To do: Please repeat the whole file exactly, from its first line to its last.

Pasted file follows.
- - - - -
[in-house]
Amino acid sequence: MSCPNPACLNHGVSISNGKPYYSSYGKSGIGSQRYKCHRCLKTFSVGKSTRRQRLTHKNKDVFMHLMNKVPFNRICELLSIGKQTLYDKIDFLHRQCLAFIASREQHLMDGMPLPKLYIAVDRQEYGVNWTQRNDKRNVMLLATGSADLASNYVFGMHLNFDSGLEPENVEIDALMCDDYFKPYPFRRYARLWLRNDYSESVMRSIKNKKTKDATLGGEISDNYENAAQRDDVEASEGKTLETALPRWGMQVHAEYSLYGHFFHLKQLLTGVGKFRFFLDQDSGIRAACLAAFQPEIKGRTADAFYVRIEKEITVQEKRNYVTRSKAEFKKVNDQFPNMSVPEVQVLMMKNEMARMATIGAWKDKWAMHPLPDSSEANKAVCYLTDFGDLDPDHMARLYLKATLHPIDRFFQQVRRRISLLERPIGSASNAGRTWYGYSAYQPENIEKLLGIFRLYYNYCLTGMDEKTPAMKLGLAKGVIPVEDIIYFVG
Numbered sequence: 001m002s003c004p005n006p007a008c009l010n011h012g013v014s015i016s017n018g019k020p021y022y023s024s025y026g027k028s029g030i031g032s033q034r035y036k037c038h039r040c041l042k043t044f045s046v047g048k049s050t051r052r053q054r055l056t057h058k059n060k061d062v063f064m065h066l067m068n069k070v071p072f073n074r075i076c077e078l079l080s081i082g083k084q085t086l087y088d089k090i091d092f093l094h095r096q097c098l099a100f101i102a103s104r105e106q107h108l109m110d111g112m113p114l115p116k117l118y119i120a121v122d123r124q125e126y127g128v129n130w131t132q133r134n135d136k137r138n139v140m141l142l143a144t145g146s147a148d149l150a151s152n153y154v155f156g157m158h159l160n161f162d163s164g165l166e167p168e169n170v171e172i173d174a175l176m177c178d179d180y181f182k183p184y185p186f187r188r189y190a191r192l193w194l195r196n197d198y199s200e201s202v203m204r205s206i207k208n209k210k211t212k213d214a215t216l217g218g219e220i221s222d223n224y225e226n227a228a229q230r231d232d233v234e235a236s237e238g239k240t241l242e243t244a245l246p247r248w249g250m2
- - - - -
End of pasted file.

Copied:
[in-house]
Amino acid sequence: MSCPNPACLNHGVSISNGKPYYSSYGKSGIGSQRYKCHRCLKTFSVGKSTRRQRLTHKNKDVFMHLMNKVPFNRICELLSIGKQTLYDKIDFLHRQCLAFIASREQHLMDGMPLPKLYIAVDRQEYGVNWTQRNDKRNVMLLATGSADLASNYVFGMHLNFDSGLEPENVEIDALMCDDYFKPYPFRRYARLWLRNDYSESVMRSIKNKKTKDATLGGEISDNYENAAQRDDVEASEGKTLETALPRWGMQVHAEYSLYGHFFHLKQLLTGVGKFRFFLDQDSGIRAACLAAFQPEIKGRTADAFYVRIEKEITVQEKRNYVTRSKAEFKKVNDQFPNMSVPEVQVLMMKNEMARMATIGAWKDKWAMHPLPDSSEANKAVCYLTDFGDLDPDHMARLYLKATLHPIDRFFQQVRRRISLLERPIGSASNAGRTWYGYSAYQPENIEKLLGIFRLYYNYCLTGMDEKTPAMKLGLAKGVIPVEDIIYFVG
Numbered sequence: 001m002s003c004p005n006p007a008c009l010n011h012g013v014s015i016s017n018g019k020p021y022y023s024s025y026g027k028s029g030i031g032s033q034r035y036k037c038h039r040c041l042k043t044f045s046v047g048k049s050t051r052r053q054r055l056t057h058k059n060k061d062v063f064m065h066l067m068n069k070v071p072f073n074r075i076c077e078l079l080s081i082g083k084q085t086l087y088d089k090i091d092f093l094h095r096q097c098l099a100f101i102a103s104r105e106q107h108l109m110d111g112m113p114l115p116k117l118y119i120a121v122d123r124q125e126y127g128v129n130w131t132q133r134n135d136k137r138n139v140m141l142l143a144t145g146s147a148d149l150a151s152n153y154v155f156g157m158h159l160n161f162d163s164g165l166e167p168e169n170v171e172i173d174a175l176m177c178d179d180y181f182k183p184y185p186f187r188r189y190a191r192l193w194l195r196n197d198y199s200e201s202v203m204r205s206i207k208n209k210k211t212k213d214a215t216l217g218g219e220i221s222d223n224y225e226n227a228a229q230r231d232d233v234e235a236s237e238g239k240t241l242e243t244a245l246p247r248w249g250m2